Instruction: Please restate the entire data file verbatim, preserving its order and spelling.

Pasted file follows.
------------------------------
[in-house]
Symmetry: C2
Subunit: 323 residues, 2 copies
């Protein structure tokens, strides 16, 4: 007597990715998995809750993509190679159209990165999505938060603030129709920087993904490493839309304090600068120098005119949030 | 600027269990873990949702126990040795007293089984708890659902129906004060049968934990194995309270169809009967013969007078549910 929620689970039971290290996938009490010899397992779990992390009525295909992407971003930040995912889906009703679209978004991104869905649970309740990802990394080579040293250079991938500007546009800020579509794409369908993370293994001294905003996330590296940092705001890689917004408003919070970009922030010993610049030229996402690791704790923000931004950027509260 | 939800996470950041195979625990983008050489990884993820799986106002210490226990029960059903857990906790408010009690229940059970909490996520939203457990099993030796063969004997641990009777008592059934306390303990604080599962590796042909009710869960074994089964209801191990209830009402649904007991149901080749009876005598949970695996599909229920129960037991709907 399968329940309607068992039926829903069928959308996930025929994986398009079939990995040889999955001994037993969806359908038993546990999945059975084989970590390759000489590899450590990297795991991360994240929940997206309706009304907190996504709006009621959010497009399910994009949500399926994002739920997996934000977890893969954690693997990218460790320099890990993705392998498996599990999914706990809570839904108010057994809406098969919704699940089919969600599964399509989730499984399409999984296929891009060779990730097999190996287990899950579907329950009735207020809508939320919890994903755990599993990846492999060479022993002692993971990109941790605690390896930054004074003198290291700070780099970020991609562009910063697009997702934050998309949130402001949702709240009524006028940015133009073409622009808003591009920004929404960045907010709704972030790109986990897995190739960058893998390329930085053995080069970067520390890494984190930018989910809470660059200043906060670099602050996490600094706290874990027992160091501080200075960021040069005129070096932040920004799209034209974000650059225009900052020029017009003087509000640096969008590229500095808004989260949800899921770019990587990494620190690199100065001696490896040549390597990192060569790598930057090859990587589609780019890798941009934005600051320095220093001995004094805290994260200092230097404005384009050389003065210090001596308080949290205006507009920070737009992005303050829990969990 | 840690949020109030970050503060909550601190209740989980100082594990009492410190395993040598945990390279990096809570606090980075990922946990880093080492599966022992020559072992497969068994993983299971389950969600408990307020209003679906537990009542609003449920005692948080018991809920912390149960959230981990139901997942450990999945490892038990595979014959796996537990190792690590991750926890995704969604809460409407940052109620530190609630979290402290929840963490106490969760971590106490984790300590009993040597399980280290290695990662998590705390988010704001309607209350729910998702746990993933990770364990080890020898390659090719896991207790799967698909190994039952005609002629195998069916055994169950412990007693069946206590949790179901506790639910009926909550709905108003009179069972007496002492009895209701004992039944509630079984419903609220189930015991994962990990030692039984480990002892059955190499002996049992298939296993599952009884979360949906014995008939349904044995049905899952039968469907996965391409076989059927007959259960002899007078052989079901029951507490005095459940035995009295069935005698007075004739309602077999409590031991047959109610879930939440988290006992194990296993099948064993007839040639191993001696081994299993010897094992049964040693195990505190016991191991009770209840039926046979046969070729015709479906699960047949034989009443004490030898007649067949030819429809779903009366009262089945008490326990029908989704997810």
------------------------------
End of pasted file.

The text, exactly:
[in-house]
Symmetry: C2
Subunit: 323 residues, 2 copies
């Protein structure tokens, strides 16, 4: 007597990715998995809750993509190679159209990165999505938060603030129709920087993904490493839309304090600068120098005119949030 | 600027269990873990949702126990040795007293089984708890659902129906004060049968934990194995309270169809009967013969007078549910 929620689970039971290290996938009490010899397992779990992390009525295909992407971003930040995912889906009703679209978004991104869905649970309740990802990394080579040293250079991938500007546009800020579509794409369908993370293994001294905003996330590296940092705001890689917004408003919070970009922030010993610049030229996402690791704790923000931004950027509260 | 939800996470950041195979625990983008050489990884993820799986106002210490226990029960059903857990906790408010009690229940059970909490996520939203457990099993030796063969004997641990009777008592059934306390303990604080599962590796042909009710869960074994089964209801191990209830009402649904007991149901080749009876005598949970695996599909229920129960037991709907 399968329940309607068992039926829903069928959308996930025929994986398009079939990995040889999955001994037993969806359908038993546990999945059975084989970590390759000489590899450590990297795991991360994240929940997206309706009304907190996504709006009621959010497009399910994009949500399926994002739920997996934000977890893969954690693997990218460790320099890990993705392998498996599990999914706990809570839904108010057994809406098969919704699940089919969600599964399509989730499984399409999984296929891009060779990730097999190996287990899950579907329950009735207020809508939320919890994903755990599993990846492999060479022993002692993971990109941790605690390896930054004074003198290291700070780099970020991609562009910063697009997702934050998309949130402001949702709240009524006028940015133009073409622009808003591009920004929404960045907010709704972030790109986990897995190739960058893998390329930085053995080069970067520390890494984190930018989910809470660059200043906060670099602050996490600094706290874990027992160091501080200075960021040069005129070096932040920004799209034209974000650059225009900052020029017009003087509000640096969008590229500095808004989260949800899921770019990587990494620190690199100065001696490896040549390597990192060569790598930057090859990587589609780019890798941009934005600051320095220093001995004094805290994260200092230097404005384009050389003065210090001596308080949290205006507009920070737009992005303050829990969990 | 840690949020109030970050503060909550601190209740989980100082594990009492410190395993040598945990390279990096809570606090980075990922946990880093080492599966022992020559072992497969068994993983299971389950969600408990307020209003679906537990009542609003449920005692948080018991809920912390149960959230981990139901997942450990999945490892038990595979014959796996537990190792690590991750926890995704969604809460409407940052109620530190609630979290402290929840963490106490969760971590106490984790300590009993040597399980280290290695990662998590705390988010704001309607209350729910998702746990993933990770364990080890020898390659090719896991207790799967698909190994039952005609002629195998069916055994169950412990007693069946206590949790179901506790639910009926909550709905108003009179069972007496002492009895209701004992039944509630079984419903609220189930015991994962990990030692039984480990002892059955190499002996049992298939296993599952009884979360949906014995008939349904044995049905899952039968469907996965391409076989059927007959259960002899007078052989079901029951507490005095459940035995009295069935005698007075004739309602077999409590031991047959109610879930939440988290006992194990296993099948064993007839040639191993001696081994299993010897094992049964040693195990505190016991191991009770209840039926046979046969070729015709479906699960047949034989009443004490030898007649067949030819429809779903009366009262089945008490326990029908989704997810």